Coax Cables: Insulation and Shielding
Coax Cables: Insulation and Shielding

Coax Cables: Insulation and Shielding

Coax Cables: Insulation and Shielding

Look at the walls of your home, and pretend you have X-ray vision. Behind the drywall you see some form of insulation. This keeps the rooms in your home comfortable during extreme heat and cold.

Behind the insulation you’ll find the home’s exterior surface. This is a shield of aluminum, wood, stone, or brick. It protects the insulation and drywall from getting wet, drying out, or being pulled away by heavy winds. Without this shield, the insulation evaporates, and your home is at risk.

Same Goes for the Coax Cable

This is how your coax cable is designed. A center conductor connects the signal from your antenna setup to your CB transceiver. The conductor is insulated from potential dangers. And that insulation is protected by a shield. You don’t see any of this because it’s all covered by an outer layer called a jacket.

What Are They Made Of?

Since you don’t see the insulation or shielding on a normal basis, here’s a breakdown of their compositions.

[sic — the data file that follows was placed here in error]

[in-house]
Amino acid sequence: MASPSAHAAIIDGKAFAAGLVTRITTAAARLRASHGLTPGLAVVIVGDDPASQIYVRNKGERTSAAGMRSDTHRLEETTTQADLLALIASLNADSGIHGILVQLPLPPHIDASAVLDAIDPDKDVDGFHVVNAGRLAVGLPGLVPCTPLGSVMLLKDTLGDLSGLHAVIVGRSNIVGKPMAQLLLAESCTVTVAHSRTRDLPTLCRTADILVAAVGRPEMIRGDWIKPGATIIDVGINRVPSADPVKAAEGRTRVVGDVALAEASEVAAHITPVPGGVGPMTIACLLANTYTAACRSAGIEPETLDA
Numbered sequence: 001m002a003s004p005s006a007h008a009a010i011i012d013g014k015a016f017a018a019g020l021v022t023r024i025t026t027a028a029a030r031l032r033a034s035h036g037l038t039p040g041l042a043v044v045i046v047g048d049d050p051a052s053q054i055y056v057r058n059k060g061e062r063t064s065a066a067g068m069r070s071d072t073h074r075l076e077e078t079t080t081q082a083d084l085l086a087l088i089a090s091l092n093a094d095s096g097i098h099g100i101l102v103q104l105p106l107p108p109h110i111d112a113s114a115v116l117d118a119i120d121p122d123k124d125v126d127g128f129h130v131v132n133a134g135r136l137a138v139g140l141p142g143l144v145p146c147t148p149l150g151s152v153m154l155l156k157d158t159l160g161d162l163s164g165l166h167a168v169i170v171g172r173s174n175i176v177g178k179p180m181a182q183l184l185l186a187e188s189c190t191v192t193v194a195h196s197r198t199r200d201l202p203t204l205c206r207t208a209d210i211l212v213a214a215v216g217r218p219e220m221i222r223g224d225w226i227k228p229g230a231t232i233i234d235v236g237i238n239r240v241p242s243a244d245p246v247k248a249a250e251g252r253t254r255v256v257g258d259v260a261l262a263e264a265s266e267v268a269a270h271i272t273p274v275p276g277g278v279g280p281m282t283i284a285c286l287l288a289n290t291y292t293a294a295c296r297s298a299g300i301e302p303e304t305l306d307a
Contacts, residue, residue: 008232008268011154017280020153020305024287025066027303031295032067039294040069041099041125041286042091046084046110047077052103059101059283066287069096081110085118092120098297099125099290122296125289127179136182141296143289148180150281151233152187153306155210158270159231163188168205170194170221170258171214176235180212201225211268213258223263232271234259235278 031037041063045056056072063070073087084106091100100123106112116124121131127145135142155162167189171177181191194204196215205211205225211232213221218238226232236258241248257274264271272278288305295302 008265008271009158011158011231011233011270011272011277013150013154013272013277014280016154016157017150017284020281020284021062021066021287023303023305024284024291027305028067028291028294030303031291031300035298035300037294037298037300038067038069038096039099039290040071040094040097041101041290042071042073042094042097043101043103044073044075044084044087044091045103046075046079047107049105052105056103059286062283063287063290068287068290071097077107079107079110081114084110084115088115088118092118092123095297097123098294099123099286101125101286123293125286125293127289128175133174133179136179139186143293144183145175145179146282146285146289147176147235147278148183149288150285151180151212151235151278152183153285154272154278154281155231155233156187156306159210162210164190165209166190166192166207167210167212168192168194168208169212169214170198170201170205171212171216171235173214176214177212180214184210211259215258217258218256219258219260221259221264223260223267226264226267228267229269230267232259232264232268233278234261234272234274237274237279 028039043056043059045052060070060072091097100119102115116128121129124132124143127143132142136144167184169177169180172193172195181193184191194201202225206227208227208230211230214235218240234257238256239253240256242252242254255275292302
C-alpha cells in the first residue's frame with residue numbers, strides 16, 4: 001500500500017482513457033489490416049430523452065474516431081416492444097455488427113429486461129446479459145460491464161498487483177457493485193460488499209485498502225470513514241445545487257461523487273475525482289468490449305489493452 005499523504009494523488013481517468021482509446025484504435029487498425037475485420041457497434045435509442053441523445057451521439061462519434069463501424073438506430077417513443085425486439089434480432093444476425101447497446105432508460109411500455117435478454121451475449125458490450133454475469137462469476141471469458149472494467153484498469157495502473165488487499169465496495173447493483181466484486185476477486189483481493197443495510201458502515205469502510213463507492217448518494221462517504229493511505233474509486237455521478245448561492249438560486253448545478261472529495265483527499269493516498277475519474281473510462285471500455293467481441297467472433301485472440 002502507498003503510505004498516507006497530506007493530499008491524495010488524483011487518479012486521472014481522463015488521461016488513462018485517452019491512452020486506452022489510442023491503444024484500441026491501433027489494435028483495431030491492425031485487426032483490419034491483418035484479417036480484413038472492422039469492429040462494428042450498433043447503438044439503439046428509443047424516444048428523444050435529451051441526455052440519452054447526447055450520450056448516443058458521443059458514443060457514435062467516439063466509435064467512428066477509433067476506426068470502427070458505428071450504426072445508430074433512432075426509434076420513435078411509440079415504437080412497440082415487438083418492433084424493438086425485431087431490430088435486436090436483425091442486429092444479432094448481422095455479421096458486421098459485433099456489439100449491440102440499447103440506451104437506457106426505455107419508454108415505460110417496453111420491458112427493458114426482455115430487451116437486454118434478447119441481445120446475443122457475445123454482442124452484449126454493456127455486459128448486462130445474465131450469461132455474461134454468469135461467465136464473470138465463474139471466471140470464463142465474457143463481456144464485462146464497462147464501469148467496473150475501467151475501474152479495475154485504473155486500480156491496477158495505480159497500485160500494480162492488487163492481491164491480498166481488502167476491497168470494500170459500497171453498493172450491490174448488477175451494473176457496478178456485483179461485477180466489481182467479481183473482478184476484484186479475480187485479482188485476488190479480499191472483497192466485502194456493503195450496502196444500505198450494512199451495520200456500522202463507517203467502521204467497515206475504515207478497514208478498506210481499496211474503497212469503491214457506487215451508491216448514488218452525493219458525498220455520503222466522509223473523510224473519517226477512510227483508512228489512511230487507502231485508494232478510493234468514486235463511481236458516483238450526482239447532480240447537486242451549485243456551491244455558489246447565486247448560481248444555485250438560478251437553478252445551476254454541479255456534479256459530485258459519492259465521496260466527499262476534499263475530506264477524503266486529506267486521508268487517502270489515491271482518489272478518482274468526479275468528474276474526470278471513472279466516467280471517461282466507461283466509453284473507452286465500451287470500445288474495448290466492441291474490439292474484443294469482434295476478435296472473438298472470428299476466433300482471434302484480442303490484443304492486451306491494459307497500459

The insulation is normally made from either foam (aka, poly-foam) or a plastic (aka poly-vinyl or polypropylene). Out of the two, plastic is tougher. While poly-foam provides a faster transfer of the signal, it degrades quicker. And though there is minimal loss of signal velocity and frequency in poly-vinyl, it is barely noticeable from an operational point of view.

The shielding prevents internal leakage and external interference. The most common form of this protection is bare or tinned copper wire. The tighter this wire is braided around the insulation the stronger the protection. Today, many coaxials contain 90% shielding. Choosing anything less than that increases the risk of power bleed and interference.

Do you still have questions? Contact our CB Radio Supply specialists to get a better understanding. They’ll review your requirements to find the best-insulated and shielded coax cable available.

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